Constantine the Great Rules
Emperor Constantine I is often credited with converting the Roman Empire to Christianity. In fact, though he ended the persecution of Christians and eventually converted, some historians debate the true nature of his faith.
His association with Christianity began with a fateful battle for control of the Western Roman Empire. Constantine faced Western Roman Emperor Maxentius at the Tiber River's Mulvian Bridge in A.D. 312. Fourth-century historian and bishop Eusebius of Caesarea reported that before the great battle Constantine saw a flaming cross in the sky bearing the words "in this sign thou shalt conquer." Constantine did indeed conquer, routing and killing his enemy on a day that loomed large not only for the emperor but for the Christian faith.
The next year Constantine, now the Western Roman Emperor, and Eastern Roman Emperor Licinius signed the Edict of Milan, which finally ensured religious tolerance for Christians. The agreement granted freedom of worship to all, regardless of deity, and brought an end to the Age of Martyrs, which had begun after Jesus' death. Christians were also given specific legal rights such as the return of confiscated property and the right to organize dedicated churches.
After unifying the Roman Empire under his rule in A.D. 324, Constantine rebuilt his seat of his power in largely Christian Byzantium, which was renamed Constantinople and today is Istanbul. The growth of a Christian ruling class under Constantine ensured the faith's increasing and enduring prominence through the Roman, and later Byzantine, Empire.
Constantine convened and took part in the first meeting of Christian churches, the Council of Nicea, held in 325 in what is today Iznik, Turkey. He hoped to help church leaders find common ground on some contentious aspects of Christian doctrine. Chief among these issues was the relationship and relative divinity of God the Son (Jesus) and God the Father. Arianism was popular during this period. This Christian belief championed by Arius, a priest of Alexandria, Egypt, held that Jesus, though the Son of God, was inferior to God the Father.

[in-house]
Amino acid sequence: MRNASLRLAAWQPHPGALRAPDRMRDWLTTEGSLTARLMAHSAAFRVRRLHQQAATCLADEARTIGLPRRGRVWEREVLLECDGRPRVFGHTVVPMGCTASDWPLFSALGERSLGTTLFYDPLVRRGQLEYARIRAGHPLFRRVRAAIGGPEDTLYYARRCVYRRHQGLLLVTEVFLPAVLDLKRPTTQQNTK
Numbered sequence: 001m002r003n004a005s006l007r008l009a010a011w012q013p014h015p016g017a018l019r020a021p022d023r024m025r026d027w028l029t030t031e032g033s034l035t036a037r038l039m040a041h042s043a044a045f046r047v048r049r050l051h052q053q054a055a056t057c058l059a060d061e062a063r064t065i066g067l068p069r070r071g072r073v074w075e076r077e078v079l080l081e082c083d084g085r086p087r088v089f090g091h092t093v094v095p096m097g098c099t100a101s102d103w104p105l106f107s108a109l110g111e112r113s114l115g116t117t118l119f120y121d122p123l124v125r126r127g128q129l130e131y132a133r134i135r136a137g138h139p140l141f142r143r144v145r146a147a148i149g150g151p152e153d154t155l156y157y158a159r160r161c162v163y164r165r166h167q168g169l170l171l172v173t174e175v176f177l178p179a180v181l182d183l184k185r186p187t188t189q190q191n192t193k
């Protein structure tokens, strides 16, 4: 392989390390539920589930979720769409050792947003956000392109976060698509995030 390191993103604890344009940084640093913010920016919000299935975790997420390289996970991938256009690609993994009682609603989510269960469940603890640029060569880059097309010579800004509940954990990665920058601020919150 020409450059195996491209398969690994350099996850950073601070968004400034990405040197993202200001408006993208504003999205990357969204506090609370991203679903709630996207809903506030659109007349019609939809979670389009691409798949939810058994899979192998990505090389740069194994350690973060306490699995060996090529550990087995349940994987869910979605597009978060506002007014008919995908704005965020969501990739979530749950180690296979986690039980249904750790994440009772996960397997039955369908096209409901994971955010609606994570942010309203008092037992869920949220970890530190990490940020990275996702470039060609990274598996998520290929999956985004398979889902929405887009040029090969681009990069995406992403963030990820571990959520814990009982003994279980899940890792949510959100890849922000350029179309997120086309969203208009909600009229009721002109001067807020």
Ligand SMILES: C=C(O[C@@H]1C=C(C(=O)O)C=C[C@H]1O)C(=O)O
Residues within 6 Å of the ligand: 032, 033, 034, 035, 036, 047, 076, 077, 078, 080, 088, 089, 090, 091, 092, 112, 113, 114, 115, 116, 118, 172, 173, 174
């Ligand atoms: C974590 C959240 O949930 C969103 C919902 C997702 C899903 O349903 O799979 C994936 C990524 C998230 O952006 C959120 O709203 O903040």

The Council of Nicea established the equality of Father and Son and documented this in a creed, or universal statement of faith, to which all but two attending bishops agreed. The dissenting bishops were exiled, as was Arius himself. After this council, orthodox Christians agreed on the critical point that Jesus and God were equally divine and created of the same substance. The council also condemned the practice of money lending by clerics and attempted, unsuccessfully, to standardize the date of Easter.
Ancient Christian historians enthusiastically portrayed Constantine as a pious Christian convert. In later years some scholars suggested that the emperor simply used the faith to his political advantage. The truth may lie somewhere in between, but Constantine's importance to his adopted religion is beyond doubt.